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Wednesday 30 July 2014

Italy aims to tow Concordia wreck from holiday island in June

Published 10/01/2014|12:10

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FILE - This Jan. 14, 2012 file photo shows the luxury cruise ship Costa Concordia leaning on its starboard side after running aground on the tiny Tuscan island of Giglio, Italy. During a press conference in Rome on Friday, Jan. 10, 2014, officials announced the shipwrecked Costa Concordia will be removed from its watery graveyard off Tuscany in June and taken to a port to be dismantled, the final phase of an unprecedented 600 million-euro ($817 million) salvage effort. The announcement came just days before the second anniversary of the Jan. 13, 2012, grounding that killed 32 people.  (AP Photo/Gregorio Borgia, file)
Luxury cruise ship Costa Concordia leaning on its starboard side after running aground on the tiny Tuscan island of Giglio, Italy
FILE - This Sept. 18, 2013 file photo shows the Costa Concordia cruise ship after it was lifted upright, on the Tuscan Island of Giglio, Italy, Wednesday, Sept. 18, 2013. During a press conference in Rome on Friday, Jan. 10, 2014, officials announced the shipwrecked Costa Concordia will be removed from its watery graveyard off Tuscany in June and taken to a port to be dismantled, the final phase of an unprecedented 600 million-euro ($817 million) salvage effort. The announcement came just days before the second anniversary of the Jan. 13, 2012, grounding that killed 32 people. (AP Photo/Andrew Medichini, file)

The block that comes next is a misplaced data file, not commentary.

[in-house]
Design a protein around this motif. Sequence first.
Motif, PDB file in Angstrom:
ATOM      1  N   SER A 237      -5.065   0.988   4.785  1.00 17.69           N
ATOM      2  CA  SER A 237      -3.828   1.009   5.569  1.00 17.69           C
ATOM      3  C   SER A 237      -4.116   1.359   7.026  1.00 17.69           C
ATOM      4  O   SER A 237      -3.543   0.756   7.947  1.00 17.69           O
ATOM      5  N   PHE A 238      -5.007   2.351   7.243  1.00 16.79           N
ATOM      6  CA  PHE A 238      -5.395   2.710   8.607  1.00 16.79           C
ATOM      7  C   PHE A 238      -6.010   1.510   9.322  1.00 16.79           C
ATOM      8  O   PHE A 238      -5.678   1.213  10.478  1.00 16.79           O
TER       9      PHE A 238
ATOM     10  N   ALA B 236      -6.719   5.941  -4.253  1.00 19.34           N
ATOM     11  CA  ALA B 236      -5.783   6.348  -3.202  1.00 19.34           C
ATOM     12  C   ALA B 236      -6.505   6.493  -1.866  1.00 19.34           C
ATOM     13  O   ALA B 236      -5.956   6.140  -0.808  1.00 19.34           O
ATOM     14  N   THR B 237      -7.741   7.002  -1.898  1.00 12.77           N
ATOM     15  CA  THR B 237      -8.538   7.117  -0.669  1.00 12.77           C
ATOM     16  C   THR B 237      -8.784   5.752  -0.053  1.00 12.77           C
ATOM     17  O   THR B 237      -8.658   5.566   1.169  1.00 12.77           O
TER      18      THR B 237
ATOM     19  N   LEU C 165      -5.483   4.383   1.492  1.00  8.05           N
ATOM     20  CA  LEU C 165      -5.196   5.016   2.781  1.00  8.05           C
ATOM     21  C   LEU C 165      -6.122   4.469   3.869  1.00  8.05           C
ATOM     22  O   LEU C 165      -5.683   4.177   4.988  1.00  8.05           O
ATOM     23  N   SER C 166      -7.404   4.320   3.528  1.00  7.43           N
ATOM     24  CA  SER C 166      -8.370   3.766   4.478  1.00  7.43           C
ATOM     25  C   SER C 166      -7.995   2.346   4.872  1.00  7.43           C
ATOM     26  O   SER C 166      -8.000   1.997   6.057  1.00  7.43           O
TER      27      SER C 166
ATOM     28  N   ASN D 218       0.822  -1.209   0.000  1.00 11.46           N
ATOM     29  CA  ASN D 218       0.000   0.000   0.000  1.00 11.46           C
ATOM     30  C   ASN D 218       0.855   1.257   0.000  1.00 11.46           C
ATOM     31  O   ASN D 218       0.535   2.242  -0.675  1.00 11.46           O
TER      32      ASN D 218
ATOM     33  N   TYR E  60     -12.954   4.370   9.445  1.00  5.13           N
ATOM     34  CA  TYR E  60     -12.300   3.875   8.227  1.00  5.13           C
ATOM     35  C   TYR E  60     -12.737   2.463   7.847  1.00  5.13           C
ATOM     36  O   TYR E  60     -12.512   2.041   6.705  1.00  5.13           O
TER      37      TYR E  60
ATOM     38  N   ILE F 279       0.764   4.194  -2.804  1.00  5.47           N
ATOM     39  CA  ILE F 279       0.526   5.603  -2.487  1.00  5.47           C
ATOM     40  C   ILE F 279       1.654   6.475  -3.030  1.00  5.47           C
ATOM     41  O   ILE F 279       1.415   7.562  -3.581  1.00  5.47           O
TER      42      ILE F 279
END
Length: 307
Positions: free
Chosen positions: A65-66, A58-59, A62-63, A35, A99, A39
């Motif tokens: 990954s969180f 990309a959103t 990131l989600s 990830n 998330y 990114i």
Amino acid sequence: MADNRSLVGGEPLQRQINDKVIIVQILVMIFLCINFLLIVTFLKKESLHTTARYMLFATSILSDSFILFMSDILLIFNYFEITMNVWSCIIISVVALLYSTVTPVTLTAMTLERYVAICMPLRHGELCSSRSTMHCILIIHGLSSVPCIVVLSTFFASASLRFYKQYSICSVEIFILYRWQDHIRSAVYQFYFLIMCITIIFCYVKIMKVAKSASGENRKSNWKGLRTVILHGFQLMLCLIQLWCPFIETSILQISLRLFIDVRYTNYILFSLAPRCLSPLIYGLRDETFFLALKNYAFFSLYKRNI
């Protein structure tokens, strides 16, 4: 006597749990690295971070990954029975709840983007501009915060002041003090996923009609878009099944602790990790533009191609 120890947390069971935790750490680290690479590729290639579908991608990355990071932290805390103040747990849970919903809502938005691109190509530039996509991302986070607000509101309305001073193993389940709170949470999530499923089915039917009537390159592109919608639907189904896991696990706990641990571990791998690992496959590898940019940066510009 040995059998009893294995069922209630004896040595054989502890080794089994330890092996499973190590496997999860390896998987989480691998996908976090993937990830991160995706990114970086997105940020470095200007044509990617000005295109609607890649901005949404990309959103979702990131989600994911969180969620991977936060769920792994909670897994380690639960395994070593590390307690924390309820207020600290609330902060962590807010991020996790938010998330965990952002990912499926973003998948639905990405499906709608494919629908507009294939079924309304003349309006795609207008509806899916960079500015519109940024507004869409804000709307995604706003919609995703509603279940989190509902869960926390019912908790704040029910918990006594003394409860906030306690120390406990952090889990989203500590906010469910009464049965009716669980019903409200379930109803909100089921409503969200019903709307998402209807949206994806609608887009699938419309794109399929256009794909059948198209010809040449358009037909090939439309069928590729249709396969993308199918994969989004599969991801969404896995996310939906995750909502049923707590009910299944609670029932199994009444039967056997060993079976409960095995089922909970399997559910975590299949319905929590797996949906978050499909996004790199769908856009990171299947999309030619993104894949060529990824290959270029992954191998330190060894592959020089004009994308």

Costa Concordia cruise ship after it was lifted upright, on the Tuscan Island of Giglio, Italy
Costa Concordia: raised

The wreck of the Costa Concordia cruise ship that capsized off the Italian holiday island of Giglio two years ago will probably be towed away by the end of June.

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The 114,500 tonne vessel, which was hauled upright in a complex operation in September, hit rocks on Jan. 13, 2012, killing 32 people.

Its captain Francesco Schettino is on trial accused of manslaughter, causing a shipwreck and abandoning ship. His lawyers argue he was not the only person to blame.

"We are very confident we can remove the ship from the island within the month of June," Michael Thamm, the chief executive of Costa Crociere which owns the liner, told reporters at a news conference.

Italian officials confirmed June was the target date for towing away the ship, though some said a slight delay could not be ruled out, depending on weather conditions.

"During the next tourist season on the island the ship will be gone," Environment Minister Andrea Orlando said.

Franco Gabrielli, the man charged by the government with overseeing the salvage operations, said that if problems arose the removal might not be completed until end-July.

There was no word for the moment about where the wreck would be towed but a decision is expected in March, officials said.

Reuters

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